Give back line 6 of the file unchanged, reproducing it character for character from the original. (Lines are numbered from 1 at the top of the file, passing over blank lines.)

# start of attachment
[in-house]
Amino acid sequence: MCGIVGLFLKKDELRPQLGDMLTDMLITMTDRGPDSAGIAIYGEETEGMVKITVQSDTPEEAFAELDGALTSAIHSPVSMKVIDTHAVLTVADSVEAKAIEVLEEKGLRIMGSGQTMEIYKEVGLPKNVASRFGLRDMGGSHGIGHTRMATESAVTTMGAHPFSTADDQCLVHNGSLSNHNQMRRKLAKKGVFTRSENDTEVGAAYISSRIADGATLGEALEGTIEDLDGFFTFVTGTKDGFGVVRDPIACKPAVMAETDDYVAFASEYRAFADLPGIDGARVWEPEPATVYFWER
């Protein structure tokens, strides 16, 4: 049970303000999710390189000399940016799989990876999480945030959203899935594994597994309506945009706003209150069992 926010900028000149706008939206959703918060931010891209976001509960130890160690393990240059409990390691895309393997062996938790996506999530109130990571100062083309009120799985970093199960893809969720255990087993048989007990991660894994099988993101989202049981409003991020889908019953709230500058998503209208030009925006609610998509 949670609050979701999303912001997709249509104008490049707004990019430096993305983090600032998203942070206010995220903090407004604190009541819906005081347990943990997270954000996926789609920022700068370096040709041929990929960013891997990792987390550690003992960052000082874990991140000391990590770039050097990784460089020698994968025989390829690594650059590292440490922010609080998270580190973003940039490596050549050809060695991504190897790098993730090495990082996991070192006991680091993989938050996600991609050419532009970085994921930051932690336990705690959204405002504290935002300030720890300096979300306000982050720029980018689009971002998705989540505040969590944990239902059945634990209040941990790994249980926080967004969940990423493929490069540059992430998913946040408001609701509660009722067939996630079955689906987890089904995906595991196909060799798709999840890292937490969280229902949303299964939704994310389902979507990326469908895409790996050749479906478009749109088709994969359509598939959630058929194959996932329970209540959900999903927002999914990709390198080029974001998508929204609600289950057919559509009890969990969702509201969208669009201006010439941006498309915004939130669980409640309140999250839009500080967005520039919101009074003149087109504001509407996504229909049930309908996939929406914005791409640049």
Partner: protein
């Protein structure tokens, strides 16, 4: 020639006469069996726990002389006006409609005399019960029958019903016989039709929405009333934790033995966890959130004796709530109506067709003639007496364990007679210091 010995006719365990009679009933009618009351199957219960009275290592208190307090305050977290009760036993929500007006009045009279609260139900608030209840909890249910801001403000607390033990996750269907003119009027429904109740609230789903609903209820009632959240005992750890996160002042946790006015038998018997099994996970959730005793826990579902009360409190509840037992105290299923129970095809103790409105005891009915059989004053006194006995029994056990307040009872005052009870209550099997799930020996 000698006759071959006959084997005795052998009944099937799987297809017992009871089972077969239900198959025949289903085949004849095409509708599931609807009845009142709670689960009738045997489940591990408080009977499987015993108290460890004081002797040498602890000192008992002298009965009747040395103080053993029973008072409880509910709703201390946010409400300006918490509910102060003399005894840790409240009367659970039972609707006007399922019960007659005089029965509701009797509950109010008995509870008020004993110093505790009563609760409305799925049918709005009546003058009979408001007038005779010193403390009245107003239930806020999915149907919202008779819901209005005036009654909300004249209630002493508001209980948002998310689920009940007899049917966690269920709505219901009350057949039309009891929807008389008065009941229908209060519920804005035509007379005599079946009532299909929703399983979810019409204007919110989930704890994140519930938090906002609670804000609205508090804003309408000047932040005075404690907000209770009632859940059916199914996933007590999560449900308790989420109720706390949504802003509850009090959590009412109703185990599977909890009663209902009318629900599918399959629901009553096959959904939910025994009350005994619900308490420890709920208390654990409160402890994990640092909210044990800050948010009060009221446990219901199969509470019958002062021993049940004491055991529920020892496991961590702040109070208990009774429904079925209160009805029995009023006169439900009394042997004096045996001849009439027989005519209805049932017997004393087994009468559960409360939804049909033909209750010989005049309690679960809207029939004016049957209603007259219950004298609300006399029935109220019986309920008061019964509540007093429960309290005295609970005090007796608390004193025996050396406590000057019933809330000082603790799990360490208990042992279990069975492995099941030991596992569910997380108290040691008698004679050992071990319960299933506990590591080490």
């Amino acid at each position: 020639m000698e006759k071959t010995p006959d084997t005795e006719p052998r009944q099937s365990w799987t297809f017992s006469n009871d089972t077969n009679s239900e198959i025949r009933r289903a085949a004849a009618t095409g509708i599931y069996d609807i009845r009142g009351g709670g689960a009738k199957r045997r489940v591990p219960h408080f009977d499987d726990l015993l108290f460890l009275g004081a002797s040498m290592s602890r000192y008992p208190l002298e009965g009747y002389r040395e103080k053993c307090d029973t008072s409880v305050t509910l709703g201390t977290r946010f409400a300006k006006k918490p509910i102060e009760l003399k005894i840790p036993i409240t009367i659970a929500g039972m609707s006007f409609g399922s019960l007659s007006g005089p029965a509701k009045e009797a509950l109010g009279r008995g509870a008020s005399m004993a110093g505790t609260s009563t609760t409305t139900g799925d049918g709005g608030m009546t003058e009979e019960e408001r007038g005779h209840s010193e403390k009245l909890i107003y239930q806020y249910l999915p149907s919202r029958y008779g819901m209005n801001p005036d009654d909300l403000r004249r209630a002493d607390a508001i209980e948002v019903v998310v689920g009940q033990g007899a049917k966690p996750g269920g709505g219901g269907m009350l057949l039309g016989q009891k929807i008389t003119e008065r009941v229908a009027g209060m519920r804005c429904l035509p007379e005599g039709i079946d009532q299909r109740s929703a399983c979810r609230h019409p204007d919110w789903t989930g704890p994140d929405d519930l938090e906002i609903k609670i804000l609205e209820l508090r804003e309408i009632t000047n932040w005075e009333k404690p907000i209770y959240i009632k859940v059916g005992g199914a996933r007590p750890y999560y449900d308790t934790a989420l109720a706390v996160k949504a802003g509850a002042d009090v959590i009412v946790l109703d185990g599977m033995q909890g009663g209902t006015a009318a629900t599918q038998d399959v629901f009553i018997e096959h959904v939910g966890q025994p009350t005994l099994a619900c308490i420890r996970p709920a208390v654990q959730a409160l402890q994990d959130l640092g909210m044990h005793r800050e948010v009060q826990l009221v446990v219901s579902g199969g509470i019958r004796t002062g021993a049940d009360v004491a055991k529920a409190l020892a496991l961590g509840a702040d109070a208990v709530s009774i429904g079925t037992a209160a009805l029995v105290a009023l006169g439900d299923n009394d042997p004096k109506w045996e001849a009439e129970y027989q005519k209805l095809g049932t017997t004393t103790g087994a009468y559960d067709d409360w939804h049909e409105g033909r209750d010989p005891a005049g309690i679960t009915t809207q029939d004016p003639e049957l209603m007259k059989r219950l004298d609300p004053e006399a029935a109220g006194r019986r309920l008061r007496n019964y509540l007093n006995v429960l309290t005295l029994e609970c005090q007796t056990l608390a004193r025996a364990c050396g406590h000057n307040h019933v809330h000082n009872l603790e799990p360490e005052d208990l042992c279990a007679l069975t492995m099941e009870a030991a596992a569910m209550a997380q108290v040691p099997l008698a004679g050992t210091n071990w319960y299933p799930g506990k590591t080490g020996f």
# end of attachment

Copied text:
């Amino acid at each position: 020639m000698e006759k071959t010995p006959d084997t005795e006719p052998r009944q099937s365990w799987t297809f017992s006469n009871d089972t077969n009679s239900e198959i025949r009933r289903a085949a004849a009618t095409g509708i599931y069996d609807i009845r009142g009351g709670g689960a009738k199957r045997r489940v591990p219960h408080f009977d499987d726990l015993l108290f460890l009275g004081a002797s040498m290592s602890r000192y008992p208190l002298e009965g009747y002389r040395e103080k053993c307090d029973t008072s409880v305050t509910l709703g201390t977290r946010f409400a300006k006006k918490p509910i102060e009760l003399k005894i840790p036993i409240t009367i659970a929500g039972m609707s006007f409609g399922s019960l007659s007006g005089p029965a509701k009045e009797a509950l109010g009279r008995g509870a008020s005399m004993a110093g505790t609260s009563t609760t409305t139900g799925d049918g709005g608030m009546t003058e009979e019960e408001r007038g005779h209840s010193e403390k009245l909890i107003y239930q806020y249910l999915p149907s919202r029958y008779g819901m209005n801001p005036d009654d909300l403000r004249r209630a002493d607390a508001i209980e948002v019903v998310v689920g009940q033990g007899a049917k966690p996750g269920g709505g219901g269907m009350l057949l039309g016989q009891k929807i008389t003119e008065r009941v229908a009027g209060m519920r804005c429904l035509p007379e005599g039709i079946d009532q299909r109740s929703a399983c979810r609230h019409p204007d919110w789903t989930g704890p994140d929405d519930l938090e906002i609903k609670i804000l609205e209820l508090r804003e309408i009632t000047n932040w005075e009333k404690p907000i209770y959240i009632k859940v059916g005992g199914a996933r007590p750890y999560y449900d308790t934790a989420l109720a706390v996160k949504a802003g509850a002042d009090v959590i009412v946790l109703d185990g599977m033995q909890g009663g209902t006015a009318a629900t599918q038998d399959v629901f009553i018997e096959h959904v939910g966890q025994p009350t005994l099994a619900c308490i420890r996970p709920a208390v654990q959730a409160l402890q994990d959130l640092g909210m044990h005793r800050e948010v009060q826990l009221v446990v219901s579902g199969g509470i019958r004796t002062g021993a049940d009360v004491a055991k529920a409190l020892a496991l961590g509840a702040d109070a208990v709530s009774i429904g079925t037992a209160a009805l029995v105290a009023l006169g439900d299923n009394d042997p004096k109506w045996e001849a009439e129970y027989q005519k209805l095809g049932t017997t004393t103790g087994a009468y559960d067709d409360w939804h049909e409105g033909r209750d010989p005891a005049g309690i679960t009915t809207q029939d004016p003639e049957l209603m007259k059989r219950l004298d609300p004053e006399a029935a109220g006194r019986r309920l008061r007496n019964y509540l007093n006995v429960l309290t005295l029994e609970c005090q007796t056990l608390a004193r025996a364990c050396g406590h000057n307040h019933v809330h000082n009872l603790e799990p360490e005052d208990l042992c279990a007679l069975t492995m099941e009870a030991a596992a569910m209550a997380q108290v040691p099997l008698a004679g050992t210091n071990w319960y299933p799930g506990k590591t080490g020996f």